Getting sober is not necessarily all that hard. A lot of alcoholics do it for a few days, weeks, even months before turning to the booze again. Those men and women who struggle with alcoholism and manage to stop drinking for a short time are only going to succeed if they have help, however, and a solid plan for continuing sobriety. No one can manage alone.
The Beginning of a Plan
Your first course of action is frequently to enter a rehab center in or near your local area. There you will find out why you drink and what it is doing to your body, marriage, and sense of self-worth. You will meet lots of other alcoholics, even listen to them share their experiences in group therapy. Finally, you will be ready to face the world outside of rehab, or will you?
Rehabilitation is only a success if you manage to resist the temptation to drink from graduation onwards. Many people end their stay at rehab by celebrating with a drink which leads to a bottle or a case before this individual is back where he started, only worse.
Now he is hindered from tackling sobriety by the fact that it did not work the first time. In his own eyes he is a failure, so why try? Meanwhile, any agreement he made with his boss or wife is finished: keeping his job and saving his marriage were contingent on getting and staying sober. Any reason to figure out recovery seems to be gone.
Finding One’s Self
This is where the addict is wrong. He always has value, even if he fails at rehab. There is always another chance to try again if a person wants to. He might not get back the job he lost or the wife who left him, but he can start fresh, healthy relationships full of a new sense of awareness that makes his life more fulfilling than before.
He can mentor other recovering addicts and establish realistic goals. To stay sober, an individual needs to know what he has to live for. Often he will gain meaning from what he has to offer in his small community or the larger one around him.
Creating a Team
Recovery is not a goal but a process. Each addict who comes through an alcohol rehab center has to understand that he could fall off the edge and start drinking again if all the circumstances were right. He might not realize how vulnerable he is, but the people who care about him do.
Who are the members of this team?
They include a spouse, children, parents, friends, siblings, close relatives, and colleagues. If a person has completed rehab and entered AA, his team extends to these new connections he has made. What are these people’s respective roles in his life?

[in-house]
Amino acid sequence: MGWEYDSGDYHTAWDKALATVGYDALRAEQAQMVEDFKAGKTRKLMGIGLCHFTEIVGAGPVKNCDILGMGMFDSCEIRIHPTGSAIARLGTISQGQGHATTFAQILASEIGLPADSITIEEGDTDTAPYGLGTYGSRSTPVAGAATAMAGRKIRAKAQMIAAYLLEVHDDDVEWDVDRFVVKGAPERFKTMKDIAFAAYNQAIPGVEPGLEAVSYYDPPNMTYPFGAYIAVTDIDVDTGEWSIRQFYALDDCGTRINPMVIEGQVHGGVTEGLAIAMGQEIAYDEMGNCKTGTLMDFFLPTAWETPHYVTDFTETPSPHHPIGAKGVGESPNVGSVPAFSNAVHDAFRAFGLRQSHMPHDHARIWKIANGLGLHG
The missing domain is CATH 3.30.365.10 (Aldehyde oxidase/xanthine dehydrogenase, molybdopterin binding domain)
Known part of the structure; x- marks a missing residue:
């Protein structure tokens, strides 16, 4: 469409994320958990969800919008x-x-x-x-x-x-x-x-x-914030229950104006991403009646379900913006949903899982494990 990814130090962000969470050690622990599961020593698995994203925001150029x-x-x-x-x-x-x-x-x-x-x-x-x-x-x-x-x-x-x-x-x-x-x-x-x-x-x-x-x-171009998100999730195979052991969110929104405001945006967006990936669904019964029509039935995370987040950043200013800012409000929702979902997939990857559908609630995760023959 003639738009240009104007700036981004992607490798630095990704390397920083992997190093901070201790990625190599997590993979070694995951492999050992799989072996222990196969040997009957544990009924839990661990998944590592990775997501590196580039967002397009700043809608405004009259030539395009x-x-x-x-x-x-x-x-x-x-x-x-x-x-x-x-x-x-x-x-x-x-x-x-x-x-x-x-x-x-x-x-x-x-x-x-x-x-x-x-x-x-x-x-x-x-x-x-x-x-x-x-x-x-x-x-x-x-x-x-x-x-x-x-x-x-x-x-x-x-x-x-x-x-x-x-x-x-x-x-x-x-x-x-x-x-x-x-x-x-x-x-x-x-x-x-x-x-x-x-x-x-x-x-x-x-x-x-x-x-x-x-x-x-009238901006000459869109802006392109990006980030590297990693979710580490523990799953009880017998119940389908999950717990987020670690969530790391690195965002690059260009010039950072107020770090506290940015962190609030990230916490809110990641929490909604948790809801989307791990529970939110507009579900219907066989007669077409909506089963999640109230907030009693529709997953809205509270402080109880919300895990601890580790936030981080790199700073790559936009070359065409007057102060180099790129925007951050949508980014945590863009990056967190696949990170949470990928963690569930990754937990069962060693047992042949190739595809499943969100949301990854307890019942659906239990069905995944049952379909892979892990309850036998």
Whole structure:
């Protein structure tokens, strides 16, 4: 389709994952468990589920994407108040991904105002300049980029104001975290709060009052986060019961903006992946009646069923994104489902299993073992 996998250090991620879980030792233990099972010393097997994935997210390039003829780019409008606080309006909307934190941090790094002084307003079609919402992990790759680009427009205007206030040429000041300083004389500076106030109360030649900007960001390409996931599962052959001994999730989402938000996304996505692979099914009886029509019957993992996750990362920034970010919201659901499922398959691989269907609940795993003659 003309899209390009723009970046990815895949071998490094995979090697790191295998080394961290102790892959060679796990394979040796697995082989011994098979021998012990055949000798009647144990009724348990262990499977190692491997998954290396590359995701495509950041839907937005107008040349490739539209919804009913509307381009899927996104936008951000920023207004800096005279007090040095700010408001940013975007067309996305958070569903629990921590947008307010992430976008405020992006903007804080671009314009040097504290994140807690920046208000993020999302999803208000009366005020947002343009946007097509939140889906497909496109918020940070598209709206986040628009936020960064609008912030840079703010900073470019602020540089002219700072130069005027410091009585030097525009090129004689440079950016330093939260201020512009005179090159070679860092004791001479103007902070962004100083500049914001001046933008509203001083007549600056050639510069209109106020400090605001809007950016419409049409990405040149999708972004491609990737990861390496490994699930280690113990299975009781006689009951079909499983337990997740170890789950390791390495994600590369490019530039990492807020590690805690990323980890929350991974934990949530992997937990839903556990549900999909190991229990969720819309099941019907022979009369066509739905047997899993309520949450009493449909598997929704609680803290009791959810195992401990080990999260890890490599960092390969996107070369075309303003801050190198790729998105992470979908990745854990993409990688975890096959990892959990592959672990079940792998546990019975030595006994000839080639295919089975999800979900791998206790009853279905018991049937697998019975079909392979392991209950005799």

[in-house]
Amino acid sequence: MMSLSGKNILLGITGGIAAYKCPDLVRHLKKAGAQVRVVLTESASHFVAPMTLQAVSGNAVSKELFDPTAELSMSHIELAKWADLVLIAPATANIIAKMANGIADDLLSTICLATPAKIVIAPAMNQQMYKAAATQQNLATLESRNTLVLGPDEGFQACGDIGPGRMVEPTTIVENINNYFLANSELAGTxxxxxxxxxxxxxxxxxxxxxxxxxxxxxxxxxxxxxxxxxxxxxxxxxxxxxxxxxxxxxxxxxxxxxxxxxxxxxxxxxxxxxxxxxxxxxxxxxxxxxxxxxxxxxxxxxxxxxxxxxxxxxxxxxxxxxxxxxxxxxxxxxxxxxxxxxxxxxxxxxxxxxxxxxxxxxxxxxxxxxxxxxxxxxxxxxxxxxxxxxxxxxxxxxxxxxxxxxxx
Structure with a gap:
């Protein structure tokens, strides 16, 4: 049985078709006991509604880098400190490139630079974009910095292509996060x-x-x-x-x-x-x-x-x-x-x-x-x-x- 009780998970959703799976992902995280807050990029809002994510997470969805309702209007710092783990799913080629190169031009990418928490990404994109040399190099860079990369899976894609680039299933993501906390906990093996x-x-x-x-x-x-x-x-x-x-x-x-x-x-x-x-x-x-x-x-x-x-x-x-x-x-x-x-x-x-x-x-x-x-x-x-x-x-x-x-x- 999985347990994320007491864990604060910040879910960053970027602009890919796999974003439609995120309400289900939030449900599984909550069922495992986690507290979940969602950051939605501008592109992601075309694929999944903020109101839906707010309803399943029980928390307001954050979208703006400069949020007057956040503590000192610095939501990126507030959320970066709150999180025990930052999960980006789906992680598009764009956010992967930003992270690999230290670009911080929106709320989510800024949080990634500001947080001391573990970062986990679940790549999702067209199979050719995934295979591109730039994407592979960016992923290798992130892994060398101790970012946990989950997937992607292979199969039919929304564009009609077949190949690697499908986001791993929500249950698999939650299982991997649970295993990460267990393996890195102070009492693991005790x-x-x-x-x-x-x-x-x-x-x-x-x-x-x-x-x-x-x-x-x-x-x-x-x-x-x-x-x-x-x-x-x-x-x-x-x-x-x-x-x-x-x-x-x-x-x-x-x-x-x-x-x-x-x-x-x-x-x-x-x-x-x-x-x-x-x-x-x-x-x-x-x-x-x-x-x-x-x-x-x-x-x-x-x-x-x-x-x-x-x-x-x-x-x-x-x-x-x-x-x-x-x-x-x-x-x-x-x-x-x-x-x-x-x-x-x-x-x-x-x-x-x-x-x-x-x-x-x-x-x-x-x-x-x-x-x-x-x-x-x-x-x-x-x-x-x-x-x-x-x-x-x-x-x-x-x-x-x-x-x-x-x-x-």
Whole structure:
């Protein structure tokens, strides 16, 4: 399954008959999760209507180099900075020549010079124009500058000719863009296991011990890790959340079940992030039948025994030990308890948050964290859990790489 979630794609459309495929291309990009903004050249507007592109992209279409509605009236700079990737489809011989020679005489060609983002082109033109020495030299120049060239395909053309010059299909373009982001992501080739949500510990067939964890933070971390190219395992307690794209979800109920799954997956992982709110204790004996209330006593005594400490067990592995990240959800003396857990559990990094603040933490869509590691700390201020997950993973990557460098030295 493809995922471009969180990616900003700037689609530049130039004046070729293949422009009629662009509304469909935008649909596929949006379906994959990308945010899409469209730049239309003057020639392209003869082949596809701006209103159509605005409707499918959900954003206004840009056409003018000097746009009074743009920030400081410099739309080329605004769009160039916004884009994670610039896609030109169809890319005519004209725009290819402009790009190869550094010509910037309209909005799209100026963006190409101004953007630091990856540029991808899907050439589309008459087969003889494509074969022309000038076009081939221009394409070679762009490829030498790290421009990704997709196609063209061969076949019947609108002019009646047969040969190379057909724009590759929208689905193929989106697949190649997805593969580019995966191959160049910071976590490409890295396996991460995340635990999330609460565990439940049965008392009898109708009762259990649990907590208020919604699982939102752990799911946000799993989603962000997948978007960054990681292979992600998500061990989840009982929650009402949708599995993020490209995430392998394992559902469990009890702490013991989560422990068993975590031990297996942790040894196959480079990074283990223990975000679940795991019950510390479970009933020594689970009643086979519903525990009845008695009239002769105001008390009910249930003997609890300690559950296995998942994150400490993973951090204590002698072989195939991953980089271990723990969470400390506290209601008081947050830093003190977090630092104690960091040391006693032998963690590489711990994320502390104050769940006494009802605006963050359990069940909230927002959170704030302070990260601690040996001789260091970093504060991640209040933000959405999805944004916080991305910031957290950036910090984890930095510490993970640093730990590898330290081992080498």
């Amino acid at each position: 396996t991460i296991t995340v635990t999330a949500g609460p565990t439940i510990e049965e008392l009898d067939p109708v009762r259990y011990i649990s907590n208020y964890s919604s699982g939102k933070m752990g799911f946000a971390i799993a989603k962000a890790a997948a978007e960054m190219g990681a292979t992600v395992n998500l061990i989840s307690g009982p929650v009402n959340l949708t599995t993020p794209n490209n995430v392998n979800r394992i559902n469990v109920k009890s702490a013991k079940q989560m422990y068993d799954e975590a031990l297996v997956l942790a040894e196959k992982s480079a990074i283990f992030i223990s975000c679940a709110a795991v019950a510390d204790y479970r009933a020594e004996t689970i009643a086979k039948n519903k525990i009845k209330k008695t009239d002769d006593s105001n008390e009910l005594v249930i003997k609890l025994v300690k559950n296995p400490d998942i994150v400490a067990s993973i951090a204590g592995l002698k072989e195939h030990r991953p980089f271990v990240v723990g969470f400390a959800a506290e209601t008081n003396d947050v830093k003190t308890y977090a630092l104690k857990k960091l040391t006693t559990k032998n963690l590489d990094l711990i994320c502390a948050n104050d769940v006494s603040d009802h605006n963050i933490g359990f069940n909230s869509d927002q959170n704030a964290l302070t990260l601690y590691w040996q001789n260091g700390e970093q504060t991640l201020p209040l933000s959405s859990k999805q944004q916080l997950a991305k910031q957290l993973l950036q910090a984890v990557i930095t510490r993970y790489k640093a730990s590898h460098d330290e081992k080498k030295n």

Co-dependents, typically close relatives, suffer when their alcoholic loved one battles addiction, so they have to establish boundaries for themselves and the addict in their lives. Secretive behavior will lead to suspicion and perhaps ugly consequences.
They will not tolerate certain behaviors because they are unsafe, such as drunk driving. Verbal or physical abuse of any kind will not be tolerated. The safety of children is of paramount importance in this kind of situation. These guidelines help motivate recovery.
Co-dependents are semi-objective insiders. They see when a person is starting to crave booze again, although it can be hard to say anything to that individual. In fact, how clearly they see this person is hard to say. When you love someone, he always looks better to you than he does to someone who is fully objective.
This is where members of an AA group are helpful. They mentor one another, are available in times of crisis, and also keep one another accountable. It is a condition of the group that participants are in a state of active recovery during sessions. It is okay to stumble and drink, then put the bottle away and start again. What a recovering addict requires is that honest but loving voice which tells him he needs help before he sees it for himself.
Another noteworthy group is a person’s church congregation. It is true that, like rehab, not all churches effectively show the love they preach. Not all rehab clinics successfully address motivations and causes for addiction.
Still, when you find a good church (or rehab) your chances of staying sober go way up. This is because a church congregation is a family, a big one, full of people who want to emulate Jesus. To this end they are willing to speak truth to those around them, but in love.
When this happens, people listen. When an alcoholic is sliding back into his drinking ways, his fellow congregants see the change and tell him so. They support this person with money if he needs it to pay for rehab. Recovering addicts within the group offer to mentor their struggling comrade.